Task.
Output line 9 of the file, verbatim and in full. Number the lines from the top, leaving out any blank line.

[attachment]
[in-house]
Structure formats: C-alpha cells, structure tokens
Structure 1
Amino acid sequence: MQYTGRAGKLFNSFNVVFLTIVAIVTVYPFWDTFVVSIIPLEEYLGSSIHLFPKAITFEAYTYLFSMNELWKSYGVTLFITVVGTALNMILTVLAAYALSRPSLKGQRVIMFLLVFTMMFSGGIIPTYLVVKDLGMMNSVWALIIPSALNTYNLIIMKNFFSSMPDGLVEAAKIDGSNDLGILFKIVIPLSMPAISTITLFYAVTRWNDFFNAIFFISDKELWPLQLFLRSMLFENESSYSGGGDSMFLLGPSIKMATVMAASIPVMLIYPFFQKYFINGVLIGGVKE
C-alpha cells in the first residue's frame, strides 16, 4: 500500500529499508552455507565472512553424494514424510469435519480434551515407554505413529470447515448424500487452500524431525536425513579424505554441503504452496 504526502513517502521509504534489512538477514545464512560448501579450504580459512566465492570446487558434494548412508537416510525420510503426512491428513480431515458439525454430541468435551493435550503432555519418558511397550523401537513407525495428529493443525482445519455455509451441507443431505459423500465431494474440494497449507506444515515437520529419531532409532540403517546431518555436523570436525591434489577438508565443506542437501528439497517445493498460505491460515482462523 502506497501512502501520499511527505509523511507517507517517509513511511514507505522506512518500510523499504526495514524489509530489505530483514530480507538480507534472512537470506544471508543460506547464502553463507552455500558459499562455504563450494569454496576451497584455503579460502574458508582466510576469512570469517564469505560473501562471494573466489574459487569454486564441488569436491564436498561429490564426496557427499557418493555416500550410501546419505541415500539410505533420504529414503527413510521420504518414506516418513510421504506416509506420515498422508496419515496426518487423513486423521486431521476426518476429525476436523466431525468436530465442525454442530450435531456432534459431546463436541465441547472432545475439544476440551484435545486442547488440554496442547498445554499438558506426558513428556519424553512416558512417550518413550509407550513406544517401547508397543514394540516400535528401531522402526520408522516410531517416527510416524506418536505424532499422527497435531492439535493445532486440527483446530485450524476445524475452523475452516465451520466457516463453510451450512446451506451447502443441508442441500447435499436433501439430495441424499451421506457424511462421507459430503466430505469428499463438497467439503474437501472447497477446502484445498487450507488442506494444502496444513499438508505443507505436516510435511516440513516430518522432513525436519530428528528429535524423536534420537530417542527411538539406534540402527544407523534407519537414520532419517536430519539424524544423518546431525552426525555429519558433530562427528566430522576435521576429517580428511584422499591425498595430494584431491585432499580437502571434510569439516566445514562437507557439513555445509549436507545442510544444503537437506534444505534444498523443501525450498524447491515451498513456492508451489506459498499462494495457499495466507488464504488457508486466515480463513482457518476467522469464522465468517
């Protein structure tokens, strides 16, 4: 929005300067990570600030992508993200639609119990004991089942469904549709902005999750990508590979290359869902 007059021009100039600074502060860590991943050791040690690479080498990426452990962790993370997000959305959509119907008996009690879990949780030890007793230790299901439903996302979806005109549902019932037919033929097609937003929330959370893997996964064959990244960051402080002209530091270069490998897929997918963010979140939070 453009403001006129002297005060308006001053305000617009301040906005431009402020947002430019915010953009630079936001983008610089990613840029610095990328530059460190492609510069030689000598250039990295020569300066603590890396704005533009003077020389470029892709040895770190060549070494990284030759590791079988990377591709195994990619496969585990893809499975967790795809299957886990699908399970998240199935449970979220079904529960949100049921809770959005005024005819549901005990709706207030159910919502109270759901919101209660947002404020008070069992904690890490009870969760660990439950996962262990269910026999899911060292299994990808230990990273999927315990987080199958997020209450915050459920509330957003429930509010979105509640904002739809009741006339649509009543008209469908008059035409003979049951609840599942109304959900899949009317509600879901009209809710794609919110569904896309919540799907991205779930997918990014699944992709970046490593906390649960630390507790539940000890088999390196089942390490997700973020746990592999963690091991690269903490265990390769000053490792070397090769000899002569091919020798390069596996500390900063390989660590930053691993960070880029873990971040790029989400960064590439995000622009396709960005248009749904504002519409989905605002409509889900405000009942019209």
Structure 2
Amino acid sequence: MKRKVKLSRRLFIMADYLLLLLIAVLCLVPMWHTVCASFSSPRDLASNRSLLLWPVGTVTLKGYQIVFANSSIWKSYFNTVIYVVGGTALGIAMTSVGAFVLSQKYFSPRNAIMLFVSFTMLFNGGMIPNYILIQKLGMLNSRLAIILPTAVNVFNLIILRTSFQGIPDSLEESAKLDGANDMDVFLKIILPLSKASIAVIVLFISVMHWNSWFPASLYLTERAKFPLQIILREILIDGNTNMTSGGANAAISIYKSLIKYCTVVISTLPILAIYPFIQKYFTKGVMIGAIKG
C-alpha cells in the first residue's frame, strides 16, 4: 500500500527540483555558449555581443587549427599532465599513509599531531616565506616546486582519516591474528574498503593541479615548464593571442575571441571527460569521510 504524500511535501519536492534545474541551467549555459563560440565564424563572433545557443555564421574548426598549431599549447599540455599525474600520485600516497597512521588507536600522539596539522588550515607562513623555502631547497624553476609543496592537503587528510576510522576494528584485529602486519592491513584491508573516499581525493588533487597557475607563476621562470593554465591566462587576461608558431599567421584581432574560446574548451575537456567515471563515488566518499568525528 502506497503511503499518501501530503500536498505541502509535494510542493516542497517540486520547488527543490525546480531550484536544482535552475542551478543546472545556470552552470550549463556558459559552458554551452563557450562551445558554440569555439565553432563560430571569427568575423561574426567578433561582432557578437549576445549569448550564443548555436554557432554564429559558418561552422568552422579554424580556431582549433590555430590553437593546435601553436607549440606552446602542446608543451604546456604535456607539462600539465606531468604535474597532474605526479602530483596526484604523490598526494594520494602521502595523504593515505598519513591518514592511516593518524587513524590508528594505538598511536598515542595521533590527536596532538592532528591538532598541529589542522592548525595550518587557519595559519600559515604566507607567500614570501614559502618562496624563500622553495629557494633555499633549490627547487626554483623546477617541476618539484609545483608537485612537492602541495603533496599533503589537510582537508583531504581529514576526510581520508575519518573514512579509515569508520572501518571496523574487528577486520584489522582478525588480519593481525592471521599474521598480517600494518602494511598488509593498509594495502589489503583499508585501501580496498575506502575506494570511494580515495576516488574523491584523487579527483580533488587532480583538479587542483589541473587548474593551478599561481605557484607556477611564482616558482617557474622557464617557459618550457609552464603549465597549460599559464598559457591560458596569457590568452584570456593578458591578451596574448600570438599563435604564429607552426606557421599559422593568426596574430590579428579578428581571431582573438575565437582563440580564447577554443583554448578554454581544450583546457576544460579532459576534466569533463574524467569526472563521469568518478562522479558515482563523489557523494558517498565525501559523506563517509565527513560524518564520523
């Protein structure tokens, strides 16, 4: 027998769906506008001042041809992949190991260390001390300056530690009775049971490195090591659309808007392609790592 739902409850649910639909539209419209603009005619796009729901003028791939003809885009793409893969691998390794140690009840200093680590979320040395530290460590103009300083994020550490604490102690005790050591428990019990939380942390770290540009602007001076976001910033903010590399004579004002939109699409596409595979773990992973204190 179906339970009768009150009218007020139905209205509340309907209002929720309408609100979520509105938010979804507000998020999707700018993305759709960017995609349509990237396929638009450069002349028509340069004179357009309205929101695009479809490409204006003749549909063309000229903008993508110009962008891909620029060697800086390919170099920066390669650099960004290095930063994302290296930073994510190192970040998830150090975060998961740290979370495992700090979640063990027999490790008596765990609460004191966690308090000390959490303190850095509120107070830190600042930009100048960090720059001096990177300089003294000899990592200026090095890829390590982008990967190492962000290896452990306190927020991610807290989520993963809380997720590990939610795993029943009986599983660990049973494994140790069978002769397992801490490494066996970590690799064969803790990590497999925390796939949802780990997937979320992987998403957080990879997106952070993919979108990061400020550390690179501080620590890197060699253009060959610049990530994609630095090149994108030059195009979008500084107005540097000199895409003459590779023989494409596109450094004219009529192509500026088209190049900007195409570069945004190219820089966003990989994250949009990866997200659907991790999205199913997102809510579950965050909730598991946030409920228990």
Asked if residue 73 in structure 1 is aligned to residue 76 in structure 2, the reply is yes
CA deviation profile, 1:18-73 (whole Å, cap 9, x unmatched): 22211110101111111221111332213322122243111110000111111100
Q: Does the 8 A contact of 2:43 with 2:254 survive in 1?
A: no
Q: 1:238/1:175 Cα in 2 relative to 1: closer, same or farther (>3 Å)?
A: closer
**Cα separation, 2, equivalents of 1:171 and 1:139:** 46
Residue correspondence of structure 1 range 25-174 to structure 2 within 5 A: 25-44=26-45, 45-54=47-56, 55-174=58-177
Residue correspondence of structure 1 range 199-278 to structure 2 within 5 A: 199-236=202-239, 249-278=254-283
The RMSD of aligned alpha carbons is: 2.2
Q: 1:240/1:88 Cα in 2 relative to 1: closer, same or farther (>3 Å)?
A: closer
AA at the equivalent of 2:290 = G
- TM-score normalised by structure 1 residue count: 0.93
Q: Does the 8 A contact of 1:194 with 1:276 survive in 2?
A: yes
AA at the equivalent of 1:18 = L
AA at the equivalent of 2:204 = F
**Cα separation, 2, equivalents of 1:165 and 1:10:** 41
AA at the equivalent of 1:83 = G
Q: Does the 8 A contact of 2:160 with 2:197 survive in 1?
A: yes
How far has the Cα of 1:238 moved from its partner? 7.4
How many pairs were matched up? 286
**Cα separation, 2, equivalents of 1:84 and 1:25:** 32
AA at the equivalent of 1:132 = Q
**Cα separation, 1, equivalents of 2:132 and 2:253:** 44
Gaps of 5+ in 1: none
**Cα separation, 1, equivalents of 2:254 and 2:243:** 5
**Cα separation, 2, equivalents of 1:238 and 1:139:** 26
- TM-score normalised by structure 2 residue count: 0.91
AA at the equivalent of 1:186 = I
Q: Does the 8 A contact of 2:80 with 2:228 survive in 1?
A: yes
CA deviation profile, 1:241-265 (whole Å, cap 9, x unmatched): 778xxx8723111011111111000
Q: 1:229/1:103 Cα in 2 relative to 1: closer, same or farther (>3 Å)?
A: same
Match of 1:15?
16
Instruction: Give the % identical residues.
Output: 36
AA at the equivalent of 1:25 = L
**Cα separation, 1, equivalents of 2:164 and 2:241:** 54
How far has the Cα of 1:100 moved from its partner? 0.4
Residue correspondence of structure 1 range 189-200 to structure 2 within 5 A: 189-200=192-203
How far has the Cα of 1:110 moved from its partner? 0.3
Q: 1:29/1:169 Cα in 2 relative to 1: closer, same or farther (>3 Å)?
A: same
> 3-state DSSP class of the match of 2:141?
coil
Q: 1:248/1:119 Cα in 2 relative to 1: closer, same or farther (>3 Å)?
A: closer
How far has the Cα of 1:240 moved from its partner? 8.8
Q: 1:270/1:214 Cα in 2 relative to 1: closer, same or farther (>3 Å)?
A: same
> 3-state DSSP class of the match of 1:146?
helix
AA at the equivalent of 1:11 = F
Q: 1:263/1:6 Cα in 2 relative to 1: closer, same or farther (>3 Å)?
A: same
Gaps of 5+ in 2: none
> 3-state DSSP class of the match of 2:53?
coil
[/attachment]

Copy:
C-alpha cells in the first residue's frame, strides 16, 4: 500500500527540483555558449555581443587549427599532465599513509599531531616565506616546486582519516591474528574498503593541479615548464593571442575571441571527460569521510 504524500511535501519536492534545474541551467549555459563560440565564424563572433545557443555564421574548426598549431599549447599540455599525474600520485600516497597512521588507536600522539596539522588550515607562513623555502631547497624553476609543496592537503587528510576510522576494528584485529602486519592491513584491508573516499581525493588533487597557475607563476621562470593554465591566462587576461608558431599567421584581432574560446574548451575537456567515471563515488566518499568525528 502506497503511503499518501501530503500536498505541502509535494510542493516542497517540486520547488527543490525546480531550484536544482535552475542551478543546472545556470552552470550549463556558459559552458554551452563557450562551445558554440569555439565553432563560430571569427568575423561574426567578433561582432557578437549576445549569448550564443548555436554557432554564429559558418561552422568552422579554424580556431582549433590555430590553437593546435601553436607549440606552446602542446608543451604546456604535456607539462600539465606531468604535474597532474605526479602530483596526484604523490598526494594520494602521502595523504593515505598519513591518514592511516593518524587513524590508528594505538598511536598515542595521533590527536596532538592532528591538532598541529589542522592548525595550518587557519595559519600559515604566507607567500614570501614559502618562496624563500622553495629557494633555499633549490627547487626554483623546477617541476618539484609545483608537485612537492602541495603533496599533503589537510582537508583531504581529514576526510581520508575519518573514512579509515569508520572501518571496523574487528577486520584489522582478525588480519593481525592471521599474521598480517600494518602494511598488509593498509594495502589489503583499508585501501580496498575506502575506494570511494580515495576516488574523491584523487579527483580533488587532480583538479587542483589541473587548474593551478599561481605557484607556477611564482616558482617557474622557464617557459618550457609552464603549465597549460599559464598559457591560458596569457590568452584570456593578458591578451596574448600570438599563435604564429607552426606557421599559422593568426596574430590579428579578428581571431582573438575565437582563440580564447577554443583554448578554454581544450583546457576544460579532459576534466569533463574524467569526472563521469568518478562522479558515482563523489557523494558517498565525501559523506563517509565527513560524518564520523